• Users have to be identity validated before they use the app beyond ID bridging.

  • They might be bought someday by someone more unscrupulous with data, all that history going to a private equity firm.

  • Clients have full access to unencrypted data, as well as the server with private keys

  • Even if you trust them now they may not be trustable in the future, see LastPass for an example or Auth0 or ad blockers/extensions or VPNs or even password managers that you trust. All of those need a client on your machine that will have access to elevated permissions and your unencrypted data as they are clients.

  • Source code is delayed after builds. Open doesn't mean much to the end binary if they are putting in proprietary areas and the hash/checksum will be different all the time. Who knows what is in it.

  • Signal gets location, number, identity and more and where you are at. Extreme example: if they know when you shit, they can stage a robbery from third party actors and craigslist style contractors while you’re taking a dump, technically. They know when you’re out for the evening.

  • Also if you have location tracking off they still have IP and device identifier as well as geofenced notifications that don't need the location permission always on. Geofenced location can wake up the app at any time.

  • Signal is recommended by Edward Snowden, Glenn Greenwald, Jack Dorsey and Elon Musk as well as many other potentially sketchy people. Originally these guys were played nice but the people behind them are sketch (Elon being authoritarian funded for instance). Edward Snowden is in Russia and Glenn Greenwald can't say a bad word about Putin. Sketchy that they are the featured testimonials as well as people connected to them.

  • Telegram is funded by Pavel Durov who is essentially Russia's Zuckerberg who is also authoritarian funded. Durov made VK (Russia's Facebook from same MailRU/DST Global funding) and then made their "secure" messenger. Brian Acton ran WhatsApp, bought by Zuckerberg, then made Signal a "secure" messenger. Similar story, same sketchiness even if Signal is less sketchy than Facebook/WhatsApp/Telegram. If someone from Facebook/Meta broke off now and created a "secure" messenger would you believe it and use it now? nah. You think the guys that build social media surveillance aren't just better at it with messengers, a big risk. Alarm bells should be going off if you have good opsec.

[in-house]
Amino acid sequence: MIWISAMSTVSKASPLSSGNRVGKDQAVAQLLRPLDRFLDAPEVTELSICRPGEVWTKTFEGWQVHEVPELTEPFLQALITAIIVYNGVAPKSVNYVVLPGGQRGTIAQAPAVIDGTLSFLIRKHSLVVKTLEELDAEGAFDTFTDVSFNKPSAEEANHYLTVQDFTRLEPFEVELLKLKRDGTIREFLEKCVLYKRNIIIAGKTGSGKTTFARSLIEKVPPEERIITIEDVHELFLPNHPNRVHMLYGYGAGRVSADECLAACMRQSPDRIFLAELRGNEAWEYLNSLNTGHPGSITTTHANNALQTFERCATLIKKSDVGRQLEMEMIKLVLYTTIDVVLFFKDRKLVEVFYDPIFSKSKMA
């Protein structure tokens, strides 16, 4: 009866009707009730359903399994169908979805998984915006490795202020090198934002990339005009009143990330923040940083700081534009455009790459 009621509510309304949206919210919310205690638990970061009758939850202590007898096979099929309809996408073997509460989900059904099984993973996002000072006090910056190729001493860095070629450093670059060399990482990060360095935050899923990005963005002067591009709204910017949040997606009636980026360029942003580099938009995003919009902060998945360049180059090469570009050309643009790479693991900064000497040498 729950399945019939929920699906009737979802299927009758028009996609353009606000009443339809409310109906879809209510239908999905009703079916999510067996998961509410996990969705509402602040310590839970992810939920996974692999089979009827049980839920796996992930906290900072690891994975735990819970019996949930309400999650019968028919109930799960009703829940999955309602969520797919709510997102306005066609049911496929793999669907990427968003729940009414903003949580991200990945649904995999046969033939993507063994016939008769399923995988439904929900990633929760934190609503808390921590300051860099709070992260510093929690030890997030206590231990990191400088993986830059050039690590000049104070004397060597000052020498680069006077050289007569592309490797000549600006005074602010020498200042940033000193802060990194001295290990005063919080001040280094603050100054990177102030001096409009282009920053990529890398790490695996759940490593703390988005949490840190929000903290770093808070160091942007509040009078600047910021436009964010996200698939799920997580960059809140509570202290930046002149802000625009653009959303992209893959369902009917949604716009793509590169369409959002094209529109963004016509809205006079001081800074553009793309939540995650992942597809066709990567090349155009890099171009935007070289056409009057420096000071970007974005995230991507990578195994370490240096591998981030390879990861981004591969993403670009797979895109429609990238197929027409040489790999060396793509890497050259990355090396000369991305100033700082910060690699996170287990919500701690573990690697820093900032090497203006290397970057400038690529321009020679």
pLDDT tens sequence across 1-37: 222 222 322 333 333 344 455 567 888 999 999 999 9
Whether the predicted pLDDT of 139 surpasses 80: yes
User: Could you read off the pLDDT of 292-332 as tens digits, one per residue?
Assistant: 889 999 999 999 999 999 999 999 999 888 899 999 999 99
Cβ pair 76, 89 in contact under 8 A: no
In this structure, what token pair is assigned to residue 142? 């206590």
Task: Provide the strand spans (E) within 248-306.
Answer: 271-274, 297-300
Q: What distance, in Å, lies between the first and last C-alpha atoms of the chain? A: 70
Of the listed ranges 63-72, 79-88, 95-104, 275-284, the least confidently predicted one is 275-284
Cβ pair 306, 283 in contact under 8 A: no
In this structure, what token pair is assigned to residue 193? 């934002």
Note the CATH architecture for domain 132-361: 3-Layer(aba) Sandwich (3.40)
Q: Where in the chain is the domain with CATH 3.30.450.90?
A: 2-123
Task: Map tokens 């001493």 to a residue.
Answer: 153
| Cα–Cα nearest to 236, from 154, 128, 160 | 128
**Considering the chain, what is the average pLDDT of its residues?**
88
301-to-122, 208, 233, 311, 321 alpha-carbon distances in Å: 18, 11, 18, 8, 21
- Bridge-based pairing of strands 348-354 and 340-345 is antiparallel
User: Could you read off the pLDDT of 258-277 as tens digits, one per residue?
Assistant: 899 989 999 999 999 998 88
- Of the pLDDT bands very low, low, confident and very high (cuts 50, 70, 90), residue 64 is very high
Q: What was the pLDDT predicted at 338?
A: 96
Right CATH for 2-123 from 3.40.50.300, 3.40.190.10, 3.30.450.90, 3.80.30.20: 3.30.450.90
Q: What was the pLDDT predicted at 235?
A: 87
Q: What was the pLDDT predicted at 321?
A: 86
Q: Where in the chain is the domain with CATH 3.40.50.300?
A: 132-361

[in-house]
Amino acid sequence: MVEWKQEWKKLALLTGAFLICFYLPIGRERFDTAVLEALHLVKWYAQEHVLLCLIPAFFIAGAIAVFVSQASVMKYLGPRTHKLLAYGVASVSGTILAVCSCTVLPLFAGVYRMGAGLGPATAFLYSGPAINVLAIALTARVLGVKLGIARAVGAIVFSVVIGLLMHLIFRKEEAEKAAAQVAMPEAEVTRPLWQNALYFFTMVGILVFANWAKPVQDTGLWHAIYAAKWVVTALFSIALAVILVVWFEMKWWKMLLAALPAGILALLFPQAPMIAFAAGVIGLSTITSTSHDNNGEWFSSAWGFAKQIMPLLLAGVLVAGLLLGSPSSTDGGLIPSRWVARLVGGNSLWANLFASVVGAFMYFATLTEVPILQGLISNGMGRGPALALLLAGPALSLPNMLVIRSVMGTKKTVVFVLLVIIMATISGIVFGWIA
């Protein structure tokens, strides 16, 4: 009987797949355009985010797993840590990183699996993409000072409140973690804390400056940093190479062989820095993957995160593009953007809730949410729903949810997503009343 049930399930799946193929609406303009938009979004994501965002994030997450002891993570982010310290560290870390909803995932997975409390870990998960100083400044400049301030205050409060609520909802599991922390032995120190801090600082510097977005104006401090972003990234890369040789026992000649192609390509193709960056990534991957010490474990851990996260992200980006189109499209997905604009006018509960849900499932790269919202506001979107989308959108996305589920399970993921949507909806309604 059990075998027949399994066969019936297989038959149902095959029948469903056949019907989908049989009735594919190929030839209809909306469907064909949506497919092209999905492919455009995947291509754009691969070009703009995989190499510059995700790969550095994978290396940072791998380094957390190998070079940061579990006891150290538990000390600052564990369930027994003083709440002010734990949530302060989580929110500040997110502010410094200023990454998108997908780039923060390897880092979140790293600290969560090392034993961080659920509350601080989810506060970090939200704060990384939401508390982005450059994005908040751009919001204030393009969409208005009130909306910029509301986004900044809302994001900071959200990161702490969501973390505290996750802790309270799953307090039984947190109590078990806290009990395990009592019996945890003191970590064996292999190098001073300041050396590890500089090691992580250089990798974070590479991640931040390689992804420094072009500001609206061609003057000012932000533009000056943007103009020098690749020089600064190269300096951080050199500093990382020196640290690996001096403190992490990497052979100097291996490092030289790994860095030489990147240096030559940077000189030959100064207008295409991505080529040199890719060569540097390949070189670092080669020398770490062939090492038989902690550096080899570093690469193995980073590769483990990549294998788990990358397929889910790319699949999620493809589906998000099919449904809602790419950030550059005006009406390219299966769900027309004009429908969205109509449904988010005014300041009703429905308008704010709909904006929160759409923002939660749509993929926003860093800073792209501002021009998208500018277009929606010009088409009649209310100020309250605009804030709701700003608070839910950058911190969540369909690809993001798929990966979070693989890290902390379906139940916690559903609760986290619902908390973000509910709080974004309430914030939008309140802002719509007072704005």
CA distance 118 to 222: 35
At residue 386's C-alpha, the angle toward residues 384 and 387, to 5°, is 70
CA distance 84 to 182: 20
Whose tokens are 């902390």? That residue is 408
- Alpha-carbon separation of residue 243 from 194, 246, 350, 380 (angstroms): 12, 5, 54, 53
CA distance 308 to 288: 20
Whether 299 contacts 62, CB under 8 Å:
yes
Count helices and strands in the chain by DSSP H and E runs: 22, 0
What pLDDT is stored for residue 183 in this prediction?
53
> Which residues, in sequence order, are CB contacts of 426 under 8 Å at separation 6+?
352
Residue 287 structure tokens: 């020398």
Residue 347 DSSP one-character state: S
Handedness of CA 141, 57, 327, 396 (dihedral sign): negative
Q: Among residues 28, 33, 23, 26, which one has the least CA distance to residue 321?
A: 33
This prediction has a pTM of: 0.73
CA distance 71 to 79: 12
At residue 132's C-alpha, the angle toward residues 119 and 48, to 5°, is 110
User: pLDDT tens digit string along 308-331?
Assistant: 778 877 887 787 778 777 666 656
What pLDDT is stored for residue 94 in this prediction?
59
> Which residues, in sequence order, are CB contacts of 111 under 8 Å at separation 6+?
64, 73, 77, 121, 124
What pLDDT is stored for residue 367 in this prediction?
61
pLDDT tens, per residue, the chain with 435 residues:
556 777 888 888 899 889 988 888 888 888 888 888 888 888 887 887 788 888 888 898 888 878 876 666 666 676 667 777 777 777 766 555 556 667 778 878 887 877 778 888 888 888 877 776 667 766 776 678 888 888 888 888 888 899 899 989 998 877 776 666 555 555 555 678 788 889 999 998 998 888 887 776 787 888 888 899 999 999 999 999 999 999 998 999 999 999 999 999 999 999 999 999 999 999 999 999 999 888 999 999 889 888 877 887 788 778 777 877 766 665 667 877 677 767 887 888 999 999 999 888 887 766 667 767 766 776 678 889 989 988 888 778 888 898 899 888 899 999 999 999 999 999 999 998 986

• Telegram feature exposes your precise address to hackers - Messenger maker has expressed no plans to fix location disclosure flaw.

There are NO secure messaging apps, none, unless you wrote your own encryption and shared it with the third party and encrypted before sending outside of that system entirely. If you send an email, that had like PGP that would have worked for a while until the backdoor (Phil Zimmerman was in decades long cases relate to this). But if you make your own encryption and are sending messages in the clear you will get visits so really only military/intel are allowed that. Spy/intel agencies do that all the time but they shroud the messages in content like in the Illegals Program

There is a reason why these "secure" messengers all exploded in the 2010s...

If you think that there are any secure messengers, you are naive. There is always a way to get access to the input, side channel or through a temporary/targeted hole like how Russia/Saudis/MBS/Trump did with Bezos and WhatsApp. That is another area where these "secure" messengers are compromised, in targeted attacks or temporary holes which just happened recently where 1900 people were compromised and they were targeting 3 numbers in it. There is also the social hole where any member of that chat would also have copies.

> Among the 1,900 phone numbers, the attacker explicitly searched for three numbers, and we’ve received a report from one of those three users that their account was re-registered.


veritanuda t1_ja0jogp wrote

> This was proven with WhatsApp not too long ago and Signal also has the ability to attach users.

That maybe true for Whatsapp but Signal has worked hard to tackle that.

Adding users to groups is not possible unless they are already in your contacts in the first place, as Signal pull contacts from your local contacts. But they never share the number, and only if other people have that same number already in their contacts will it be show to both parties.


> Default settings in Telegram aren’t encrypted, same with Signal

That is plain wrong. Telegram does not encrypt by default and not at all in channels. Signal ALWAYS encrypts for one to one and for group chats.

I am not going to go through picking apart all you said, suffice to say not all of it is accurate.